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Table 2 Publications concerning landmark identification

From: Validity of 2D lateral cephalometry in orthodontics: a systematic review

Authors (year) Aim of the study Observers Subjects Design of the study Statistical method Results according to authors Level of evidence
Baumrind and Frantz [21] Quantification of errors in landmark identification 5 observers 20 lateral skull radiographs Observer identified 16 cephalometric landmarks on a transparent plastic template Mean, standard deviation and standard errors Least reliable landmarks: gonion and lower incisor apex Moderate
Effects of errors on angular and linear measurements
Kvam and Krogstad [27] Evaluation of measurements in lateral cephalograms. 18 observers 3 lateral skull radiographs Hand cephalometric analysis made by each participant, 8 angles measured Mean and standard deviation 16 out of 24 angular measurements: less variability in post-graduates than students Low
Assess influence of knowledge and impact of angular errors In 7 measurements, no difference was observed
Post-graduates' tracings used for diagnostic purposes
Standard deviation of students greater than post-graduates
Haynes and Chau [22] Evaluation of landmark identification on Delaire analysis 2 observers 28 lateral skull radiographs Establish a co-ordinate system for measurement on tracings Mean deviation Intra-observer: NS differences between values of T1 and T2 tracings Moderate
Comparison with data of conventional cephalometry Radiographs were traced twice by each observer (3 to 4 weeks) Inter-observer: differences between the averaged mean values on tracings were NS for either x or y co-ordinates
Ahlqvist et al. [26] Study the magnitude of projection errors on measurements in cephalometry 1 observer A patient was modelled Computer software designed to allow movement of model on the 3 axes. The magnitude of errors was studied by a diagram Measurement errors studied by a diagram with the relative length of distances between modelled landmarks Less than 1% error on length measurements if head is rotated up to 5° Low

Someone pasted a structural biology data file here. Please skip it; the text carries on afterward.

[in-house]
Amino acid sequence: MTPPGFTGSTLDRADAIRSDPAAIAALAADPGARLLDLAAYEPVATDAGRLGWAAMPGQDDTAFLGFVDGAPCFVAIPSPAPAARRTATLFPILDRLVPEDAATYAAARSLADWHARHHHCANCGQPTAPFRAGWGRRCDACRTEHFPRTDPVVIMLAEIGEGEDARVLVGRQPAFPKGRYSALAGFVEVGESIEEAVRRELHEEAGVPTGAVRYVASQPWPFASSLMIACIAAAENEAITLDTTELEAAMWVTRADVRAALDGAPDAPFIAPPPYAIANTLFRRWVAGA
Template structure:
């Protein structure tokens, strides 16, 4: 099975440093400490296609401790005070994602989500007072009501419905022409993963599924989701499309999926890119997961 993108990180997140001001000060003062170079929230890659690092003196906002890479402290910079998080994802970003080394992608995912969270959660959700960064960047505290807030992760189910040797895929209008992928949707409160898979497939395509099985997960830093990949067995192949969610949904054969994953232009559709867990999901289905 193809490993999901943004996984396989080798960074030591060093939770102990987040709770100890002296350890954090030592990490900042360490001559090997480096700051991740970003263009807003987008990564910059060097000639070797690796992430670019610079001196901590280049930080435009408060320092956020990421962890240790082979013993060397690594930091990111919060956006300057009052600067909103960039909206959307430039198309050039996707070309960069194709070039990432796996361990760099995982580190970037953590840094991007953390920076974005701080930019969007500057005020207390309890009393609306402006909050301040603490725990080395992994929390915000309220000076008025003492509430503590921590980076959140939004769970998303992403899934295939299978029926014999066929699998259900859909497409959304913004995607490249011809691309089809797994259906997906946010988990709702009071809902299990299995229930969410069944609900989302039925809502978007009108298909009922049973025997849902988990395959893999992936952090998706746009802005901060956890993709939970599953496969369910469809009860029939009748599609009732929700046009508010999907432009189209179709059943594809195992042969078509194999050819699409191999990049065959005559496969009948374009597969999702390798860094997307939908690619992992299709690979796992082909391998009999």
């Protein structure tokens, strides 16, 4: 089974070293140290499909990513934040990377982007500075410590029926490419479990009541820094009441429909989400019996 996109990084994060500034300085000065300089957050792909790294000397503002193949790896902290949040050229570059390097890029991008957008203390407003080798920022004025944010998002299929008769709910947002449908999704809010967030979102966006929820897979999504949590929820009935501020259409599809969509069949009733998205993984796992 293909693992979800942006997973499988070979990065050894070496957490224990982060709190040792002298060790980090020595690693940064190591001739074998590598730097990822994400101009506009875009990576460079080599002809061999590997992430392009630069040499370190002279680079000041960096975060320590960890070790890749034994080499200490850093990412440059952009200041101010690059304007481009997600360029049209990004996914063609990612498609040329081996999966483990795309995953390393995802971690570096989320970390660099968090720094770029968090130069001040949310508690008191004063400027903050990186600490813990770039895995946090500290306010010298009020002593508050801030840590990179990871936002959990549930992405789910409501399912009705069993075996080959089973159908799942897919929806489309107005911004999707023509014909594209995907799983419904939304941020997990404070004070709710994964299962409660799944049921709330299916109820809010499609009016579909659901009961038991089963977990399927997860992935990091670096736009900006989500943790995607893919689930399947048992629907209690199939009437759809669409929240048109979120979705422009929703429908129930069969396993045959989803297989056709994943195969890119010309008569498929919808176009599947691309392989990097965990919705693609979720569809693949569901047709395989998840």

Study the effects of incorrect patient position on linear measurements Head rotated more than 5° the error is increased
Houston et al. [23] Evaluate errors at various stages of measurements in cephalometric radiograph 4 observers 24 lateral cephalograms 2 radiographs of the same patient Analysis of variance Error variance is small (radiograph and tracing) when compared with the variance among groups Moderate
Radiographs traced on acetate sheet by each observer at T1/T2 (1-week interval) SNA has a higher tracing variance than SNB due to the difficulty to identify point A
Kamoen et al. [24] Determine errors involved in landmark identification and its consequence to treatment results 4 observers 50 lateral cephalograms Items studied: (1) accuracy of digitiser, (2) intra- and inter-observer digitising errors and (3) intra- and inter-observer tracing errors (1) Levene's test for homogeneity of variances, (2) one-way ANOVA and (3) Levene's test for homogeneity (1) NS variances of co-ordinates for landmark at different positions on the digitiser. (2) NS intra- and inter-observer differences in digitisation. (3) S differences in landmarks and in the same landmark on different cephalograms and between observers Moderate
Tng et al. [25] Evaluate the validity of dental and skeletal landmarks. Effect on angles and distances. 1 observer 2 lateral cephalograms of 30 dry skulls Steel balls placed in 15 dental and skeletal landmarks Mean and standard deviation 7 out of 10 skeletal and 5 dental landmarks were NS (p < 0.05) Moderate
Two radiographs taken with and without the markers and digitised. Measurements compared 4 angles (SNA-SN/MnP, MxP/MnP and LI/MnP) and 3 distances (N-Me, MxP-Me and Lie to APg) were invalid (p < 0.05)
Major errors in angles with dental landmarks
Bourriau et al. [5] Analyse the influence of film-object distance and type of receptor on landmark identification 53 orthodontists 4 lateral cephalograms of the same patient 19 cephalometric landmarks on each film Mean NS difference between 2 imaging receptors neither between 2 cephalograms achieved by 2 equipments (p > 0.99) Low
2 radiographs performed at an equipment with a 4-m arm and 2 in a 1.50-m arm equipment with 2 different imaging receptors (digital and indirect digital) Results obtained by cephalometric analysis was judged: ‘very important’ for 20.5%, ‘important’ for 70%, ‘less important’ for 8% and ‘accessory’ for 1 participant
  1. NS, non-significant; S, significant.